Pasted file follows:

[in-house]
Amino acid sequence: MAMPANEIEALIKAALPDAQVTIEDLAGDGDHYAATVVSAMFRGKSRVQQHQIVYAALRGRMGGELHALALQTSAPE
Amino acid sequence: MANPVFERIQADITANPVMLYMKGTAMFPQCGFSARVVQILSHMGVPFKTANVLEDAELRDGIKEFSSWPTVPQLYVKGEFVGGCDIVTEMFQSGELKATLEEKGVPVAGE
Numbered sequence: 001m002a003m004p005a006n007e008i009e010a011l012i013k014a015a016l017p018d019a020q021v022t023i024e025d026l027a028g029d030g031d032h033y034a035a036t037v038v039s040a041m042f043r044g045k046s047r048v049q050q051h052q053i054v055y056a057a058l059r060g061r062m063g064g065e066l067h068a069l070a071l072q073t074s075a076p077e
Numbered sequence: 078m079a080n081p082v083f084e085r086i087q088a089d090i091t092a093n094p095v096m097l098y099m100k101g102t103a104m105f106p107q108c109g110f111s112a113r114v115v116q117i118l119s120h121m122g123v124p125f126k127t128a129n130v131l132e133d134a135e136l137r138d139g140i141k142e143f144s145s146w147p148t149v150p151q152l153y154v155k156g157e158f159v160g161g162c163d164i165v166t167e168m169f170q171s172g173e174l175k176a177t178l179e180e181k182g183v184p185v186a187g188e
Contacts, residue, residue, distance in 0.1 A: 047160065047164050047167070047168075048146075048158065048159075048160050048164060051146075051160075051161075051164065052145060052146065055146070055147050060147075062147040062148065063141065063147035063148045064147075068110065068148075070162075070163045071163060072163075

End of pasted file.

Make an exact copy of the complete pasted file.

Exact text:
[in-house]
Amino acid sequence: MAMPANEIEALIKAALPDAQVTIEDLAGDGDHYAATVVSAMFRGKSRVQQHQIVYAALRGRMGGELHALALQTSAPE
Amino acid sequence: MANPVFERIQADITANPVMLYMKGTAMFPQCGFSARVVQILSHMGVPFKTANVLEDAELRDGIKEFSSWPTVPQLYVKGEFVGGCDIVTEMFQSGELKATLEEKGVPVAGE
Numbered sequence: 001m002a003m004p005a006n007e008i009e010a011l012i013k014a015a016l017p018d019a020q021v022t023i024e025d026l027a028g029d030g031d032h033y034a035a036t037v038v039s040a041m042f043r044g045k046s047r048v049q050q051h052q053i054v055y056a057a058l059r060g061r062m063g064g065e066l067h068a069l070a071l072q073t074s075a076p077e
Numbered sequence: 078m079a080n081p082v083f084e085r086i087q088a089d090i091t092a093n094p095v096m097l098y099m100k101g102t103a104m105f106p107q108c109g110f111s112a113r114v115v116q117i118l119s120h121m122g123v124p125f126k127t128a129n130v131l132e133d134a135e136l137r138d139g140i141k142e143f144s145s146w147p148t149v150p151q152l153y154v155k156g157e158f159v160g161g162c163d164i165v166t167e168m169f170q171s172g173e174l175k176a177t178l179e180e181k182g183v184p185v186a187g188e
Contacts, residue, residue, distance in 0.1 A: 047160065047164050047167070047168075048146075048158065048159075048160050048164060051146075051160075051161075051164065052145060052146065055146070055147050060147075062147040062148065063141065063147035063148045064147075068110065068148075070162075070163045071163060072163075